Between the lush surroundings of the Blue Ridge Mountains and the Eastern Shore's network of coastal communities, there are beautiful bits of waterfront from one end of Virginia to the other.
Whether you're planning an action-filled escape, a high-energy urban outing, or a quiet family retreat, there's one to fit the bill. These are the best beaches in the Old Dominion.
Collect good vibes in Virginia Beach
Situated on southeastern Virginia’s lower peninsula, the state’s best-known – and hands-down most popular – beach is its eponymous one. But it’s not a monolith. Comprising seven districts, only a few of which are on the water, Virginia Beach boasts a variety of settings and stimuli.
Of course, the beaches themselves offer an array of experiences, from the seclusion of Sandbridge to the boardwalk scene of Oceanfront to the family-friendly serenity of the Chesapeake Bay, but there are urban and rural experiences to be had as well, from the high-wire nightlife of Town Center to the hipster stylings of the ViBe Creative District to the pastoral tranquility of Pungo.
History buffs, take note: On the banks of the Chesapeake, First Landing State Park marks the first arrival of English colonists to these shores, and today it’s a National Natural Landmark on the National Register of Historic Places.
Commune with nature at Sandbridge Beach
If an up-tempo scene isn’t your thing, Sandbridge might be more your speed. It’s technically part of Virginia Beach, but thanks to its location, it feels completely removed from the bustle of the city, even though it’s less than 20 miles south of the boardwalk.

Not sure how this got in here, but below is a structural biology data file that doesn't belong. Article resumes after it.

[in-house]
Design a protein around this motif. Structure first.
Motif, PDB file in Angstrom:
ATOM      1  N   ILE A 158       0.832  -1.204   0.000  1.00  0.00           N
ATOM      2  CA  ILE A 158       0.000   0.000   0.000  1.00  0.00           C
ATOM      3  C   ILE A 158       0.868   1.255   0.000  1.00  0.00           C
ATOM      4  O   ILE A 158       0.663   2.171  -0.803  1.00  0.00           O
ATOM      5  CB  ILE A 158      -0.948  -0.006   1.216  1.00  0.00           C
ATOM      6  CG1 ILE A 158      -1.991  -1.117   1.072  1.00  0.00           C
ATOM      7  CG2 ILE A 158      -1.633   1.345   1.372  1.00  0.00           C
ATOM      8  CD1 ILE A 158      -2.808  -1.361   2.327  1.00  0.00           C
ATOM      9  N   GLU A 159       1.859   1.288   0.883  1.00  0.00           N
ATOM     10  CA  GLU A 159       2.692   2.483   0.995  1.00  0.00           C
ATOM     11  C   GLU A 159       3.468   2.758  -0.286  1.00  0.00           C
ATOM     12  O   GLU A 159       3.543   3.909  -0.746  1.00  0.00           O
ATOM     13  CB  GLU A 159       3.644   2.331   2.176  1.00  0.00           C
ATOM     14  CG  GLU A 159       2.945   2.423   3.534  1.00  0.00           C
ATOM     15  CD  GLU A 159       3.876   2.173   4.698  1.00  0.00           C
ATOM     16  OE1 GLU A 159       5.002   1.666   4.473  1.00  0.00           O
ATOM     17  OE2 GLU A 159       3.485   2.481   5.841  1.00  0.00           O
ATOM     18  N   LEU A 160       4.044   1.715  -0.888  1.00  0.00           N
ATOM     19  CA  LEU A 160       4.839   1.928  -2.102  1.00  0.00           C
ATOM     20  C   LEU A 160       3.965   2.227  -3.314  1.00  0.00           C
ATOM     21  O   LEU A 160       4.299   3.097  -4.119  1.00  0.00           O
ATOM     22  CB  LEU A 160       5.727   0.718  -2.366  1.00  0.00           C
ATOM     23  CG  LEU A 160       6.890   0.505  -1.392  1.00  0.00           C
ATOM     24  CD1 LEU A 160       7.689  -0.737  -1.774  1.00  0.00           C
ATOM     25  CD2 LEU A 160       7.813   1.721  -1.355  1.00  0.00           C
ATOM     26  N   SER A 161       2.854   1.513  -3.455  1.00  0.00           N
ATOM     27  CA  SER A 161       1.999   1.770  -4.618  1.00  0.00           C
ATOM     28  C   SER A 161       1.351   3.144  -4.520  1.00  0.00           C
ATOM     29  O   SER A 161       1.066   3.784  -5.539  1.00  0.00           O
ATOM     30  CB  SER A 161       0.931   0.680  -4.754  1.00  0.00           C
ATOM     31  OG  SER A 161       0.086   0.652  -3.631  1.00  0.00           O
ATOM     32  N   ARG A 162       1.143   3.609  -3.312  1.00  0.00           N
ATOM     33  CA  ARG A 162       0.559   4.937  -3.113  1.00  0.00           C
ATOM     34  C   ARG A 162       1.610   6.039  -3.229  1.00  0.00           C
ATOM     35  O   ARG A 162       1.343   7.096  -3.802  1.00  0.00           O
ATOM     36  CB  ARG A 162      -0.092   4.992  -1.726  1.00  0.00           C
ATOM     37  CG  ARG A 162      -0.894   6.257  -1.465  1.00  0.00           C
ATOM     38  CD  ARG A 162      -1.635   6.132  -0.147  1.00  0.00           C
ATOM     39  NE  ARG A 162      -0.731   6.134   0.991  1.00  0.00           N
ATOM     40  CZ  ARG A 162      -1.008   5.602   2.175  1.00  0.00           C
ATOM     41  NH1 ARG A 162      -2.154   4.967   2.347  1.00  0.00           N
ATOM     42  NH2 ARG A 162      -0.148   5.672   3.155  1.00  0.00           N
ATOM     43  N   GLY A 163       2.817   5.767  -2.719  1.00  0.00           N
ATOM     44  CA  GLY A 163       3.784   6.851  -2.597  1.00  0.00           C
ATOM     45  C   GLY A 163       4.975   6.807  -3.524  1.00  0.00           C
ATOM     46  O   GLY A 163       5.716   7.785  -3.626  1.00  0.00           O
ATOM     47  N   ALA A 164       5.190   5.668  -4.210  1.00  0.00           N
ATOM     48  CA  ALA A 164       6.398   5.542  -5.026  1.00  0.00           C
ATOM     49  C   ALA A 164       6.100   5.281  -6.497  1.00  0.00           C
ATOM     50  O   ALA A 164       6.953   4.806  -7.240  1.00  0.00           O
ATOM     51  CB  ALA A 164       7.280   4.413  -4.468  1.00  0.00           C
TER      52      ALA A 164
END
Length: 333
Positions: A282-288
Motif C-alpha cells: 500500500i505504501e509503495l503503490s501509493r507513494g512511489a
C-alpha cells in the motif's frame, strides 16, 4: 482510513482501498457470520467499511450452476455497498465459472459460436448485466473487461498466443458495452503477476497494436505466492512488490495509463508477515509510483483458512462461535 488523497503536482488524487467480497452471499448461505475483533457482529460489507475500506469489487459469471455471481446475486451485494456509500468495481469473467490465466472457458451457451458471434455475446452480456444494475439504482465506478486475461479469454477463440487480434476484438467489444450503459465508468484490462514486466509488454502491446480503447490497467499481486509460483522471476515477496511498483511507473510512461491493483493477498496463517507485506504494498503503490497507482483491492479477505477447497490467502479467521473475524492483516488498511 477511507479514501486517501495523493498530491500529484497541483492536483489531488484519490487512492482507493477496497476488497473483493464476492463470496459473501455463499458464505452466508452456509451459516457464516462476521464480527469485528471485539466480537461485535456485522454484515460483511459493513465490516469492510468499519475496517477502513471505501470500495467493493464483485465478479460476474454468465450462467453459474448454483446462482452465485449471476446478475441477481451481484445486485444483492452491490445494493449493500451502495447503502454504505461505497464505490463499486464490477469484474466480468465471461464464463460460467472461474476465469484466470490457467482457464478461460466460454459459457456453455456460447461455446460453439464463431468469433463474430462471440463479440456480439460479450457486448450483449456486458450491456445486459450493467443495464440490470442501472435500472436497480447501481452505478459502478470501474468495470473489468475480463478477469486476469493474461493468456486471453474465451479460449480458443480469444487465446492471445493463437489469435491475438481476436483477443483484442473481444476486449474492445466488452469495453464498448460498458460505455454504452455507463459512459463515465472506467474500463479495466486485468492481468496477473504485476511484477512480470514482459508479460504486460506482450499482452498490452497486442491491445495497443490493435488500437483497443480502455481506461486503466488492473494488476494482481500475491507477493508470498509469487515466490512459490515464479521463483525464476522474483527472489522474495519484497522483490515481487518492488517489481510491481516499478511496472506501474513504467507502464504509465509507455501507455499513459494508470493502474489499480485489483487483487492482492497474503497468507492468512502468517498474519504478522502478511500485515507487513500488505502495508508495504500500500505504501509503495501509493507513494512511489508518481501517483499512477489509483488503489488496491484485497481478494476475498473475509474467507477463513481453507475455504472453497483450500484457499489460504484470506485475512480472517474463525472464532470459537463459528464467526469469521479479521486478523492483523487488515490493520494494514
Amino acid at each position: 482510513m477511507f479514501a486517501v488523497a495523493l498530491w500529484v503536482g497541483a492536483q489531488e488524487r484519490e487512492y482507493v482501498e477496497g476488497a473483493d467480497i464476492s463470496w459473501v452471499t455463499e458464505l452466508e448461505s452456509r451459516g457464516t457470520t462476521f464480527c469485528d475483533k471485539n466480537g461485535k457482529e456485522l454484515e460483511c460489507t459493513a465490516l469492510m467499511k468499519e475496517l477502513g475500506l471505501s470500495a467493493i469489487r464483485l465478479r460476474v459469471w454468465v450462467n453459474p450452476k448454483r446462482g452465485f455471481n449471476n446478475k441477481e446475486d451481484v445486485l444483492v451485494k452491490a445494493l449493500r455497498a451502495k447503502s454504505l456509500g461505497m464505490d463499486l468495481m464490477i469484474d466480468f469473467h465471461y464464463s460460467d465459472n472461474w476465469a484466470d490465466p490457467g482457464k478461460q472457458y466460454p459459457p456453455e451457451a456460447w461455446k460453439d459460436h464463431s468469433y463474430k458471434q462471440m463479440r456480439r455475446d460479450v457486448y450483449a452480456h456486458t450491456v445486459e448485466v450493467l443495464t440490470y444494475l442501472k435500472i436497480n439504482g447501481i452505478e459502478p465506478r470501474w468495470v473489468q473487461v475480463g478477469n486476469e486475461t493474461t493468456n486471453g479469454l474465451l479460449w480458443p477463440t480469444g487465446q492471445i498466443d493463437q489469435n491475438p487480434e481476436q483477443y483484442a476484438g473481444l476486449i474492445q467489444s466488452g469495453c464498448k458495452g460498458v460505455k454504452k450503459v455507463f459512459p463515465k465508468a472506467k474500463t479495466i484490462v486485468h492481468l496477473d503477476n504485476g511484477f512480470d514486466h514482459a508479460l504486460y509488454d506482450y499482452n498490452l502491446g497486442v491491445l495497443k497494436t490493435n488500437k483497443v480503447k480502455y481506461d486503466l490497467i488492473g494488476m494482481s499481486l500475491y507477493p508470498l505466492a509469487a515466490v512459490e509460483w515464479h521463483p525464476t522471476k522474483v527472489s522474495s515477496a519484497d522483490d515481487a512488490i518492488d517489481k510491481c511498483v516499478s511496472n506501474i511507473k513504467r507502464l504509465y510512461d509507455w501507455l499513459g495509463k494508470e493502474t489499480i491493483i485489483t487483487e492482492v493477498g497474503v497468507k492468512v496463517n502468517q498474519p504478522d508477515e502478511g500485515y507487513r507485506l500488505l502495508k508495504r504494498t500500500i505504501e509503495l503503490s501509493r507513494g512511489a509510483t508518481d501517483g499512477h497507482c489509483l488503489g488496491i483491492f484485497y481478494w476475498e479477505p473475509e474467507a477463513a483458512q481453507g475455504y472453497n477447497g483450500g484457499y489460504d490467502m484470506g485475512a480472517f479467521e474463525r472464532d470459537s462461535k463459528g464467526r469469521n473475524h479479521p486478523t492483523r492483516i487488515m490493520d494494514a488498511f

The gateway to Back Bay National Wildlife Refuge, where loggerheads nest, migratory birds pass through and wilderness trails abound, and False Cape State Park, a habitat sheltering hundreds of species of birds as well as otters, bald eagles and wild horses, accessible only by boat, bike, tram or foot, Sandbridge is a great option for vacationers looking to get back to nature.
Feel like a local at Chesapeake Beach
A quiet, sandy respite at the upper reaches of Virginia Beach, Chesapeake Beach – also known as Chic’s Beach – has more of a local feel than its neighbor to the south.
With the Chesapeake Bay Bridge Tunnel in the distance, you can bring your dog for a morning walk, splash around in the gentle waves and watch for dolphins frolicking offshore before heading back to Shore Drive, the main drag, for refreshments at Mermaid Winery or chicken and biscuits at BoBo’s Fine Chicken.
Cross state lines at Colonial Beach
Sandwiched between Monroe Bay and the Potomac River, halfway between the nation’s capital and the state’s, Colonial Beach is the second-biggest stretch of sand in Virginia – but only if you stay on the shore. The Maryland border begins at the water’s edge, so as soon as you get your feet wet, you’ve strayed across state lines.
The beach is on the riverfront and accessible either from downtown, where a boardwalk, playground, fishing pier and bathhouse set the scene for family fun, or from the outskirts, where things are a bit more mellow. The community is rife with history too, with a small museum celebrating the town’s legacy, Alexander Graham Bell’s former summer home (now a private residence) within walking distance, and the George Washington Birthplace National Monument a quick 15-minute drive away.